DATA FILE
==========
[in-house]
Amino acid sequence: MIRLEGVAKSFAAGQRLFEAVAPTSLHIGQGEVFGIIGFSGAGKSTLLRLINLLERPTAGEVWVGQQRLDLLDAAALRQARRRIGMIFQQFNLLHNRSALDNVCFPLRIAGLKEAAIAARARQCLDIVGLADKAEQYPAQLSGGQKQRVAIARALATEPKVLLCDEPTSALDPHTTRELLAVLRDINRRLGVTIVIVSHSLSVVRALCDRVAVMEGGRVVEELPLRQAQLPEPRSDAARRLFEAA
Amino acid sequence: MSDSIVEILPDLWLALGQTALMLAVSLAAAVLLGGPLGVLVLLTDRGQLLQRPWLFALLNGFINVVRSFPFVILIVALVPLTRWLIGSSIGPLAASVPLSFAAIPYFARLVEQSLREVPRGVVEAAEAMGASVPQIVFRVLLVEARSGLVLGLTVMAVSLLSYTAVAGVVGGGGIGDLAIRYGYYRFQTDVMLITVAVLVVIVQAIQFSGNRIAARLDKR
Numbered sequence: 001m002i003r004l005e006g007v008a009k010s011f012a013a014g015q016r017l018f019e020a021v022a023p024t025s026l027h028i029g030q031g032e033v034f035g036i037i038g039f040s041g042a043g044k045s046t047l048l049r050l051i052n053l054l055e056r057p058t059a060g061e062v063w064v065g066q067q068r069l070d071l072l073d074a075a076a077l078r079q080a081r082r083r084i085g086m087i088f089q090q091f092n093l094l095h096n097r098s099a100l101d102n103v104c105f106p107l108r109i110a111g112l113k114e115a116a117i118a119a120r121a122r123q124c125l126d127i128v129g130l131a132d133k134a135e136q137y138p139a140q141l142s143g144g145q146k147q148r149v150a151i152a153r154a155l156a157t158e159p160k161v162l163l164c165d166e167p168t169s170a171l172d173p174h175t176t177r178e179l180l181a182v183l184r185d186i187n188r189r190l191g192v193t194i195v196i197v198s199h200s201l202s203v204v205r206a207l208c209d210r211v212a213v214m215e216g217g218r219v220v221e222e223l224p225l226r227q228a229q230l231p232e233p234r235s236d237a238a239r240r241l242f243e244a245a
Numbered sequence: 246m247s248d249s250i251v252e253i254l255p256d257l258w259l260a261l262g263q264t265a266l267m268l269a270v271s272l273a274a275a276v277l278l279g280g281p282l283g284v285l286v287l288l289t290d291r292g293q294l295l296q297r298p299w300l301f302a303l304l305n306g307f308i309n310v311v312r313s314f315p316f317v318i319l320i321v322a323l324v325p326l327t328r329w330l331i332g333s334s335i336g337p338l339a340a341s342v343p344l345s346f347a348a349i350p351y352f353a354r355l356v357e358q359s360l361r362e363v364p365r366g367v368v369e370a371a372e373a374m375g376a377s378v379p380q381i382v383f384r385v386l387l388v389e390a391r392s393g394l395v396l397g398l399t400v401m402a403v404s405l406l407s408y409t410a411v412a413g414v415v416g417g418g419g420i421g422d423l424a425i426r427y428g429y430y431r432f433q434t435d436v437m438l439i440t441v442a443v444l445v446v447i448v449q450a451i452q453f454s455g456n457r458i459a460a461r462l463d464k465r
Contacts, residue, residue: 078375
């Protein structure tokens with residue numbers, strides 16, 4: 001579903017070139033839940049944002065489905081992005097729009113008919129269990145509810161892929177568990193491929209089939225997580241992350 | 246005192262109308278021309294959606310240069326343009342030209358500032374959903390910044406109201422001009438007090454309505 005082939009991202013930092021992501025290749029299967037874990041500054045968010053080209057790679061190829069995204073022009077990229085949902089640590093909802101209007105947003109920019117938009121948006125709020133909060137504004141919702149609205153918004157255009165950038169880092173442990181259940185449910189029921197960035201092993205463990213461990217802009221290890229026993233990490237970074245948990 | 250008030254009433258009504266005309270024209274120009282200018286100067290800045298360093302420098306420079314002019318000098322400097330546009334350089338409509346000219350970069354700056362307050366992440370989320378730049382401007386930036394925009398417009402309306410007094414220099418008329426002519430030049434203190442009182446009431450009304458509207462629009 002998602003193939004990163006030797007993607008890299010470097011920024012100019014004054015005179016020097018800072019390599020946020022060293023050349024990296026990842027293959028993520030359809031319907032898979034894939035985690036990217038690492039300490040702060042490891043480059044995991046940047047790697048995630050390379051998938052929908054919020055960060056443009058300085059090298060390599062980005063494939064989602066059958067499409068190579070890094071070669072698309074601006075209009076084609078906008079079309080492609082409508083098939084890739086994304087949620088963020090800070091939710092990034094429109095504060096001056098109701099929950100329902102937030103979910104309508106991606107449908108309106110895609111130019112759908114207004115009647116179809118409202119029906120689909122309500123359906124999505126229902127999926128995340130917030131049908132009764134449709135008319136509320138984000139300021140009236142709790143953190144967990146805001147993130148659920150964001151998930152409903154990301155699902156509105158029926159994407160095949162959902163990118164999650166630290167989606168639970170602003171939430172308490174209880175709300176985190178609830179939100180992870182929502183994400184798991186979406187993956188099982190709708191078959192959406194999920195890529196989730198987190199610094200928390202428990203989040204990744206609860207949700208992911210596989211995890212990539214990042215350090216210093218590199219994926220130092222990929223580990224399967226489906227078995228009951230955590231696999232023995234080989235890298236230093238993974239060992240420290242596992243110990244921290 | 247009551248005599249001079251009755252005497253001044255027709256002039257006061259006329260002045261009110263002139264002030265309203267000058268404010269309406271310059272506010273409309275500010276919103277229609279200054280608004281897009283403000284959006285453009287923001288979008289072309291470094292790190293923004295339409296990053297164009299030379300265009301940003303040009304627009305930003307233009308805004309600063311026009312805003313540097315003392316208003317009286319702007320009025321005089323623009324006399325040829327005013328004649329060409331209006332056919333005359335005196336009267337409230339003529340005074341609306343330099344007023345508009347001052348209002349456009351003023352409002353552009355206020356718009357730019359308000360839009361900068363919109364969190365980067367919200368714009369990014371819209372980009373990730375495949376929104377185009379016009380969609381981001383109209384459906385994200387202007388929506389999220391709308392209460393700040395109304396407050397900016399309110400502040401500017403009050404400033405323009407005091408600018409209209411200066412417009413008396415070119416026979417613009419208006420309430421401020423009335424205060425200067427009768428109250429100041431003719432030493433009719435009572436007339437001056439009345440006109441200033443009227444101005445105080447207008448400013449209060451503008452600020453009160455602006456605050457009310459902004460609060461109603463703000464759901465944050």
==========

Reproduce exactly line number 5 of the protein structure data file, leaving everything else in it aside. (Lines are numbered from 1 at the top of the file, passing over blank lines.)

Numbered sequence: 246m247s248d249s250i251v252e253i254l255p256d257l258w259l260a261l262g263q264t265a266l267m268l269a270v271s272l273a274a275a276v277l278l279g280g281p282l283g284v285l286v287l288l289t290d291r292g293q294l295l296q297r298p299w300l301f302a303l304l305n306g307f308i309n310v311v312r313s314f315p316f317v318i319l320i321v322a323l324v325p326l327t328r329w330l331i332g333s334s335i336g337p338l339a340a341s342v343p344l345s346f347a348a349i350p351y352f353a354r355l356v357e358q359s360l361r362e363v364p365r366g367v368v369e370a371a372e373a374m375g376a377s378v379p380q381i382v383f384r385v386l387l388v389e390a391r392s393g394l395v396l397g398l399t400v401m402a403v404s405l406l407s408y409t410a411v412a413g414v415v416g417g418g419g420i421g422d423l424a425i426r427y428g429y430y431r432f433q434t435d436v437m438l439i440t441v442a443v444l445v446v447i448v449q450a451i452q453f454s455g456n457r458i459a460a461r462l463d464k465r